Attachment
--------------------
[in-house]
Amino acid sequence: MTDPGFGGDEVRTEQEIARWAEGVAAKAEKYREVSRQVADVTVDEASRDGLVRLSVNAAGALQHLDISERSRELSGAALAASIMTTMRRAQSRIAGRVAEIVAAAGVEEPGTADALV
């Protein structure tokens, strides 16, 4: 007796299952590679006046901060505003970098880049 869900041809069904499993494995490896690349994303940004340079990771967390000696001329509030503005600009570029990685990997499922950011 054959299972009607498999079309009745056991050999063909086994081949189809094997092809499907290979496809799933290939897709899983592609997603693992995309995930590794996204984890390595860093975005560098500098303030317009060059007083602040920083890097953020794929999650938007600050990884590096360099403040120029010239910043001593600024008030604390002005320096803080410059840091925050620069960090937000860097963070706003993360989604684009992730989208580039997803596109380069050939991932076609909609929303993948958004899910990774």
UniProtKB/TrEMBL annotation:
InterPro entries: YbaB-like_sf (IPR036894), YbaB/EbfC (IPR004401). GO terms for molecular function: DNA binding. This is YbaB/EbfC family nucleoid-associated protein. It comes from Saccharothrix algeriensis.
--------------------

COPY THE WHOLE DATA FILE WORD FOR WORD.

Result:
[in-house]
Amino acid sequence: MTDPGFGGDEVRTEQEIARWAEGVAAKAEKYREVSRQVADVTVDEASRDGLVRLSVNAAGALQHLDISERSRELSGAALAASIMTTMRRAQSRIAGRVAEIVAAAGVEEPGTADALV
């Protein structure tokens, strides 16, 4: 007796299952590679006046901060505003970098880049 869900041809069904499993494995490896690349994303940004340079990771967390000696001329509030503005600009570029990685990997499922950011 054959299972009607498999079309009745056991050999063909086994081949189809094997092809499907290979496809799933290939897709899983592609997603693992995309995930590794996204984890390595860093975005560098500098303030317009060059007083602040920083890097953020794929999650938007600050990884590096360099403040120029010239910043001593600024008030604390002005320096803080410059840091925050620069960090937000860097963070706003993360989604684009992730989208580039997803596109380069050939991932076609909609929303993948958004899910990774």
UniProtKB/TrEMBL annotation:
InterPro entries: YbaB-like_sf (IPR036894), YbaB/EbfC (IPR004401). GO terms for molecular function: DNA binding. This is YbaB/EbfC family nucleoid-associated protein. It comes from Saccharothrix algeriensis.